Football coaches applaud new redshirt rule
NCAA is allowing players to compete in four games
CHARLOTTESVILLE — Virginia coach Bronco Mendenhall has been an outspoken proponent of the NCAA changing its redshirt rules to allow younger players the chance to get some limited game experience without losing a full year of eligibility.
So count Mendenhall among the scores of college coaches praising the NCAA’s new redshirt policy.
“I think this new rule will be a great opportunity for a student-athlete and their overall college experience,” Mendenhall said in a statement provided by a spokesman. “It provides them the chance to participate in our sport throughout their entire college careers, which could lead to better engagement, better graduation rates and hopefully more individuals getting the opportunity to earn a masters degree.”
The NCAA’s Division I council announced the new rule Wednesday, one that permits players to compete in up to four games and still be able to consider that a redshirt season.
Previously, players who competed in any games lost a full year of eligibility unless they suffered an injury. Now, freshmen can see some playing time on special teams or in a bowl game and not burn a year of their college career.
The new rule goes into effect for the upcoming season.
“I applaud the NCAA for this rule change,” Virginia Tech football coach Justin Fuente said Wednesday, in a statement released by the school. “It’s a positive for our student-athletes to be afforded the opportunity to get some limited game experience without penalizing them. I’m all for the change. Particularly when it gets late in the season and teams are dealing with attrition, it makes a lot of sense. We’ll obviously study the rule and the implications in more detail, but in my opinion, it’s good for studentathletes and good for our game.”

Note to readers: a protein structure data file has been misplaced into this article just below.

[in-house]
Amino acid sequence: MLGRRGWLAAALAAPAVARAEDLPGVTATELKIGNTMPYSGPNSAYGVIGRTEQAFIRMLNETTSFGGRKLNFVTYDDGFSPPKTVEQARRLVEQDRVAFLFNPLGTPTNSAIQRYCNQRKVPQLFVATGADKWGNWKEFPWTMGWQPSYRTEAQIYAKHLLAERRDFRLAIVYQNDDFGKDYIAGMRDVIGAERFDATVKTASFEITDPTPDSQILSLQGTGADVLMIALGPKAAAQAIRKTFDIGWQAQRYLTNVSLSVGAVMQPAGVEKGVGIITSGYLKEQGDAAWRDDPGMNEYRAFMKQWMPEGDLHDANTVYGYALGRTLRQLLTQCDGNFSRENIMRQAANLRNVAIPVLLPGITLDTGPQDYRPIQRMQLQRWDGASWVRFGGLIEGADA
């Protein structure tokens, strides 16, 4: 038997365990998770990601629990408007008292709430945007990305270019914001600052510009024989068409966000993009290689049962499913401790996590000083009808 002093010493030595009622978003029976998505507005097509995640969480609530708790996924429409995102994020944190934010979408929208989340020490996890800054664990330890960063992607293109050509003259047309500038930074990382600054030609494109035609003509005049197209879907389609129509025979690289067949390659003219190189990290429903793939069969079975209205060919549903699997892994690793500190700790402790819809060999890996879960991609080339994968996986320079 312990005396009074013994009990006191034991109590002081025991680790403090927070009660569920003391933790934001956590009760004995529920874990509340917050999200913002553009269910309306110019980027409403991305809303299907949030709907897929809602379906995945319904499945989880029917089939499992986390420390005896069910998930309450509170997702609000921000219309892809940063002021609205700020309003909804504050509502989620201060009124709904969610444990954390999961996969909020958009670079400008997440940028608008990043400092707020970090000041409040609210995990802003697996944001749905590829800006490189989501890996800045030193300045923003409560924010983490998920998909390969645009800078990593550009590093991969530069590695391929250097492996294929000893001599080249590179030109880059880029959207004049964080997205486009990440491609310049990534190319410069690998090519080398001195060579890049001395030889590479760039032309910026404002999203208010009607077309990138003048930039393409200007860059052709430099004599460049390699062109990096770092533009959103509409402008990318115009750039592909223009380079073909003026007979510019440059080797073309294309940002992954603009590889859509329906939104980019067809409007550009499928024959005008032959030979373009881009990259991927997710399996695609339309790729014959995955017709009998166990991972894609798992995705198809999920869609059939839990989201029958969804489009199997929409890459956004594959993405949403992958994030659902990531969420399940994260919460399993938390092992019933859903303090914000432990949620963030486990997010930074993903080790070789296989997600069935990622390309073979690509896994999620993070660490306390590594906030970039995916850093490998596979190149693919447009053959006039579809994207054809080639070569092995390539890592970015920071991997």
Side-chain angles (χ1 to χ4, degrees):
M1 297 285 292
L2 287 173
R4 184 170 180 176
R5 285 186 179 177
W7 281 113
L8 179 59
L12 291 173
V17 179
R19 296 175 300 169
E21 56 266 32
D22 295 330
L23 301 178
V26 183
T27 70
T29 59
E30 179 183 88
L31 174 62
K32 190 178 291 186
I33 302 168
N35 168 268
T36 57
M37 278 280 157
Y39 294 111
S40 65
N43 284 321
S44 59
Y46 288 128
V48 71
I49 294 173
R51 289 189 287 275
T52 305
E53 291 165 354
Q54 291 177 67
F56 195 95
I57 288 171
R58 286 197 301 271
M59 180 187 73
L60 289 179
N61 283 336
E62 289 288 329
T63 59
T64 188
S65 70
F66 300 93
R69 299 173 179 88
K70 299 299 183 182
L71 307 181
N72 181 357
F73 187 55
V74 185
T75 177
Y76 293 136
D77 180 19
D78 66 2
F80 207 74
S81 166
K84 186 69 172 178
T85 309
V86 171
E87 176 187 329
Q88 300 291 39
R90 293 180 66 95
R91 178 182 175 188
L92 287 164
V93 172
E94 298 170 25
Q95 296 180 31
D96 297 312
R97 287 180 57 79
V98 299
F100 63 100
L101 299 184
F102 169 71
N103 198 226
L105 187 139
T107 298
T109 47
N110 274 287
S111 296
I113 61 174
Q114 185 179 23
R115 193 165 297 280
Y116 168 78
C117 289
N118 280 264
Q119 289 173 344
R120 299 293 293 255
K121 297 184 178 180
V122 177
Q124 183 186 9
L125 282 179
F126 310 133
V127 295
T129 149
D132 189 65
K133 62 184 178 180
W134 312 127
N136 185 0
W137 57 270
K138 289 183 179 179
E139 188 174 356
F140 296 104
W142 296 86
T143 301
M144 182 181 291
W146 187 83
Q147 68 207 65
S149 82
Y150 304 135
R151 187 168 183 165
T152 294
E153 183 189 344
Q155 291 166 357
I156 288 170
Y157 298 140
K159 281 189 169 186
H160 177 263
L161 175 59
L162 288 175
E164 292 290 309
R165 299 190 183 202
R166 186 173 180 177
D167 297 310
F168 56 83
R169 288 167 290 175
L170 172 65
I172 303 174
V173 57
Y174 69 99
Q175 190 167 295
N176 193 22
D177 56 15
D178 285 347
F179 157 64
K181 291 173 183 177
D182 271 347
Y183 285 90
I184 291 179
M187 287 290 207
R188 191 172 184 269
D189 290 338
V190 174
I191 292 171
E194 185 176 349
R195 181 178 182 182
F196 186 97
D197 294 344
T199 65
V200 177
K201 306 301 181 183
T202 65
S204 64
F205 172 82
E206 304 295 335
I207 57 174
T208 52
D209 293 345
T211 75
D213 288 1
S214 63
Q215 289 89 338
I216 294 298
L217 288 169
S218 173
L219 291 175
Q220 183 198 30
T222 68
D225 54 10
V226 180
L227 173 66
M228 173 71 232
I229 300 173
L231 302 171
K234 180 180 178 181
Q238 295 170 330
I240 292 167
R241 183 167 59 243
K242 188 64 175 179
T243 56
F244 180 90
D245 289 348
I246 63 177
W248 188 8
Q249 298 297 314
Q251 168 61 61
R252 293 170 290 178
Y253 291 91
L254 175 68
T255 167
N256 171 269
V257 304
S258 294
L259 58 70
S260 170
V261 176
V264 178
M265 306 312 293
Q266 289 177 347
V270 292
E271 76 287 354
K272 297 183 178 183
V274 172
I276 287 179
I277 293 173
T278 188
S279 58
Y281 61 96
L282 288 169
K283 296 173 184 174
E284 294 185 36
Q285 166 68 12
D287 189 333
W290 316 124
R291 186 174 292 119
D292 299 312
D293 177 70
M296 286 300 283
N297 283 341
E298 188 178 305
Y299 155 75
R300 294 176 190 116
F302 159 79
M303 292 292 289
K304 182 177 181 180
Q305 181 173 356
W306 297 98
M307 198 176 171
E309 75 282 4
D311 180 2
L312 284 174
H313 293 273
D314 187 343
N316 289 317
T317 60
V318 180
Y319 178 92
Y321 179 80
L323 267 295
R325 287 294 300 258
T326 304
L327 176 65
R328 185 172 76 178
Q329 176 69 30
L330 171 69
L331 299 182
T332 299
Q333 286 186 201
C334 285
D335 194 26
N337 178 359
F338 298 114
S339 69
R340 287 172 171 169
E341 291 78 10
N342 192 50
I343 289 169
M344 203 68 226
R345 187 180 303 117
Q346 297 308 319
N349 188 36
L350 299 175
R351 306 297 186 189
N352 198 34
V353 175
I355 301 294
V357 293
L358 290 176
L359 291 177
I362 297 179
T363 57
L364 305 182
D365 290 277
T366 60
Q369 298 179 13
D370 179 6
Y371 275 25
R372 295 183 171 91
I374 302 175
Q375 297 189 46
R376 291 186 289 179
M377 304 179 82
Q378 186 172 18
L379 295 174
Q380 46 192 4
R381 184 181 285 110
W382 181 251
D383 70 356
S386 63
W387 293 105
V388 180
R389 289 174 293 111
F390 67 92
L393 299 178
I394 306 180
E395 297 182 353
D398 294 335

The change in policy also is a major win for coaches at the FCS level (63 scholarships), especially at private schools that don’t draw many walk-ons and commonly have depth issues as coaches have tried to redshirt as many true freshmen as possible.
When the NCAA was considering the matter, University of Richmond coach Russ Huesman said a redshirt rule modification would be “unbelievable, especially at our level, with our numbers.”
The proposal was submitted into the 2017-18 NCAA legislative cycle by the ACC.
According to the ACC’s proposal: “The current rule often places coaches in a difficult position to decide whether to play a student-athlete in a limited amount of competition or to preserve the student-athlete’s season of eligibility. The opportunity to play in a small number of games will ease this decision for coaches and help the student-athlete’s development and transition to the college game.”
The NCAA’s Division I council also announced a change in the way transfers will work. Studentathletes no longer will be required to seek permission — or a release — from their current school to transfer to a specific program, eliminating the ability of programs to block players from certain schools.
Starting in October, an athlete who wants to transfer just needs to notify his current school, which would then place him in a national database of available transfers.
In recent years, a number of high-profile cases became public as a coach and school attempted to block an athlete from transferring to a rival program or to a program in the same conference.
“This creates a safe place for student-athletes to have a conversation with their coaches and makes the whole process more transparent,” said Nicholas Clark, a recent Coastal Carolina graduate and the student representative to the council. “This will clean the process up and give more influence and flexibility to the student-athlete.”